The Adventures of Huckleberry Finn by Mark Twain, 1885. In this sequel to Tom Sawyer, Tom’s homeless friend Huck Finn has been adopted by a wealthy widow. Feeling constrained by her pressure to conform to social norms, and feeling threatened by his father, Huck Finn travels down the Mississippi River by raft, accompanied by an escaping slave named Jim. Traveling from town to town, the pair encounter a number of odd characters and strange situations, from a feuding family reminiscent of the Montagues and Capulets to a pair of scoundrels who claim to be the Duke of Buckingham and the King of France. When Jim is captured, Tom Sawyer appears on the scene and prepares an elaborate plot to rescue him. This book is one of the strong candidates for the title of “The Great American Novel.”

Alice in Wonderland and Through the Looking Glass by Lewis Carroll (Charles Dodgson), 1865 and 1871. Mathematician Charles Dodgson knew a girl named Alice and told her stories to entertain her. These stories became the basis for his two books, usually packaged as one volume. In the first set of episodes, Alice falls down a rabbit hole and meets various creatures, finally dealing with a living deck of playing cards. In the second set, Alice travels through a mirror to a different world in which most of the people she meets are pieces in a chess game. Both accounts feature parodies of serious poetry combined with charming nonsense. Elements of the stories about Alice are among the most recognizable of all those derived from children’s literature.

Bambi by Felix Salten, 1923. I was lucky enough to have read this book several times before I first saw the Disney cartoon based upon it. The animals in the book are far more complex and interesting, although the theme of environmentalism is as strong in the book as in the film. Most stories starring talking animals fail to be convincing, but this story of a fawn growing up to be a stag is as real as any coming-of-age tale of a human child.

Charlie and the Chocolate Factory by Roald Dahl, 1964. This book describes a charming and well-mannered boy living in dire poverty with his parents and grandparents, a boy who wins the chance to visit Willy Wonka’s candy factory. Four other children also win the chance to visit the factory, but each of them is wealthy and spoiled. In some places the book risks becoming preachy about the manners children should have, while in others it fails the most basic tests of political correctness. In spite of its failings, the book succeeds because of its strong characters: Charlie, Grandpa Joe, and of course Willy Wonka.

Five Little Peppers and How They Grew by Margaret Sidney, 1881. Long before I encountered the writings of Charles Dickens, this book taught me about poverty and perseverance. Five children are being raised by their widowed mother with occasional help from their good-hearted and generous neighbors. At first the book relates a series of adventures that the children face (including a bout with the measles), but then the youngest of them is befriended by a wealthy boy and his grandfather. This wealthy family sponsors the Pepper family’s first real Christmas and then continues to help the Peppers, all the while learning valuable lessons from the cheerful way this poor family faces the challenges of life. Several sequels were written, but the first book is far and away the best of the series.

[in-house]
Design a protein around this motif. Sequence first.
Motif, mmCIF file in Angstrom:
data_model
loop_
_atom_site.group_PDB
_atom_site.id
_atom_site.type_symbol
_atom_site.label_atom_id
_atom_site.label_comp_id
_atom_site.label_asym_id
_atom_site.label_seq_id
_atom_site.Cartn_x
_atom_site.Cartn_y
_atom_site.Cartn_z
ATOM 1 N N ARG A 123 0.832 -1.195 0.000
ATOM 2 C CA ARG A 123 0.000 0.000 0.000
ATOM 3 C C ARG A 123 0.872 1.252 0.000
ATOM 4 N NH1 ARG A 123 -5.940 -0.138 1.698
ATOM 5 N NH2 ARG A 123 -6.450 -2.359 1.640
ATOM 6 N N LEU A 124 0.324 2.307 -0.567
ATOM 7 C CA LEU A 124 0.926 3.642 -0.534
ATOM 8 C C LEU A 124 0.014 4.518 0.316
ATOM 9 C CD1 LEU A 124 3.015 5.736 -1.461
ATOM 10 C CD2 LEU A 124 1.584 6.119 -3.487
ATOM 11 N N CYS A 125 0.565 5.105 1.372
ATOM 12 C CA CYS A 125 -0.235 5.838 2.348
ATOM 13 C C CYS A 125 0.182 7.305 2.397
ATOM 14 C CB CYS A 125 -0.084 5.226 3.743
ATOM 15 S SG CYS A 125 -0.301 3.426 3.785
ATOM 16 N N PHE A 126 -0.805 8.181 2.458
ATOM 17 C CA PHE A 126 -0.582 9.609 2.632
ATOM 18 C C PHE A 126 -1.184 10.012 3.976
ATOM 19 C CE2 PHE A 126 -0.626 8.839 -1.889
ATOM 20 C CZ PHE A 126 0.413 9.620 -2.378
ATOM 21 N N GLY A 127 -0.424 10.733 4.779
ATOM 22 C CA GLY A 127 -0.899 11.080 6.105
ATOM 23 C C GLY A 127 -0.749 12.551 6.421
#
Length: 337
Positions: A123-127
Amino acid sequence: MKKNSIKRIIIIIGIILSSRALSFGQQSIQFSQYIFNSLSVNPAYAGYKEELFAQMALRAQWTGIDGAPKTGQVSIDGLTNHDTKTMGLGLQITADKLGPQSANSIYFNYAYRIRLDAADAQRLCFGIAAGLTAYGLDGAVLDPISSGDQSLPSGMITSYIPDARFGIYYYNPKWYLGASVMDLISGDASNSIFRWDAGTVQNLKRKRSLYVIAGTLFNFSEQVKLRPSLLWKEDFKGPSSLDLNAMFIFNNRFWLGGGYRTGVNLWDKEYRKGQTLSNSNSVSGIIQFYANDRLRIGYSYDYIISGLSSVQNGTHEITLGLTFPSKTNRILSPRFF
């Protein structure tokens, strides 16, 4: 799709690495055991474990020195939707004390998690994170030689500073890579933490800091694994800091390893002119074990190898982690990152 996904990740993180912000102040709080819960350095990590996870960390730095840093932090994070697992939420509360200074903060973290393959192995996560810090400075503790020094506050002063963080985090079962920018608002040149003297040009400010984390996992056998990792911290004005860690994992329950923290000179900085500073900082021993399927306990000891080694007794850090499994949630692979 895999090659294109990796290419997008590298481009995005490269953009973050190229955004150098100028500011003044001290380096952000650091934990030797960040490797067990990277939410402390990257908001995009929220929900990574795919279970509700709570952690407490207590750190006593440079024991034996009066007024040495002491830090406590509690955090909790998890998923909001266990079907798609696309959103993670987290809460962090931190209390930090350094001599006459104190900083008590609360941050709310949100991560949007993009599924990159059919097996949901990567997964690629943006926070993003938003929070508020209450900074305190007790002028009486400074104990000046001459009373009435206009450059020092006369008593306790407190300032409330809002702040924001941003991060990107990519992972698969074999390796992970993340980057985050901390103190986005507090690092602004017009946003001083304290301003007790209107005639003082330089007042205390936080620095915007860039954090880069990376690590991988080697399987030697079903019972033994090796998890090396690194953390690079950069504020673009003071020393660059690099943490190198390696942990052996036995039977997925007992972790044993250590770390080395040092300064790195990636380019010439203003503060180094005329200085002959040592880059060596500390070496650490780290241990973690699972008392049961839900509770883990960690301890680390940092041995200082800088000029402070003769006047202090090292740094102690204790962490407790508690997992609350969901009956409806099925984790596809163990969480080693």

Heidi by Johanna Spyri, 1881. An orphaned girl is taken by her aunt to live with her grandfather, a gloomy recluse who inhabits a cabin high in the Swiss Alps. She charms him and his neighbors, but then is snatched away by the aunt to be a companion to a rich but crippled girl in the city of Frankfort. Heidi pines for the beauty of the mountains, but before she returns, she brings excitement and happiness to the wealthy Frankfort family. After sending Heidi back to her grandfather, this family manages to visit Heidi in the Alps and to draw even more strength from her. Although this book is a touch heavy-handed with its lessons about Christian living, it remains a treasured classic for its believable title character and for the changes she brings into all the lives that intersect with her life.

Treasure Island by Robert Louis Stevenson, 1883. A young boy takes a job aboard a ship, only to fall under the power of pirates. They are seeking treasure, but violence threatens between the pirates and the rightful crew of the ship. The boy becomes an unlikely hero who helps to resolve the conflict. This is one of the more violent books I read growing up, with gunfire and deaths, but it was an action story of which I never tired.

The Wizard of Oz by Frank Baum, 1900. Although it inspired the famous movie of the same name, this book contains far more adventure than could fit into the movie. Characters and monsters even stranger than those in the movie challenge Dorothy and her friends as they move through the land of Oz. Dorothy interacts with all four witches (two good and two wicked) as well as the wizard, who is indeed a humbug, but who is able to give the scarecrow, the tin man, and the lion exactly what they want. In the book, the land of Oz and its inhabitants are more than just a dream.

Several of these books were written more about children than for children. For this reason, they remain enjoyable even when read by adults. I remember many summer afternoons when I was curled up on the couch with one of these books, reliving the familiar adventures and seeing ideas I had been too young to consider the previous time I read the book. In my opinion, all these stories are classic tales that belong in every family library. J.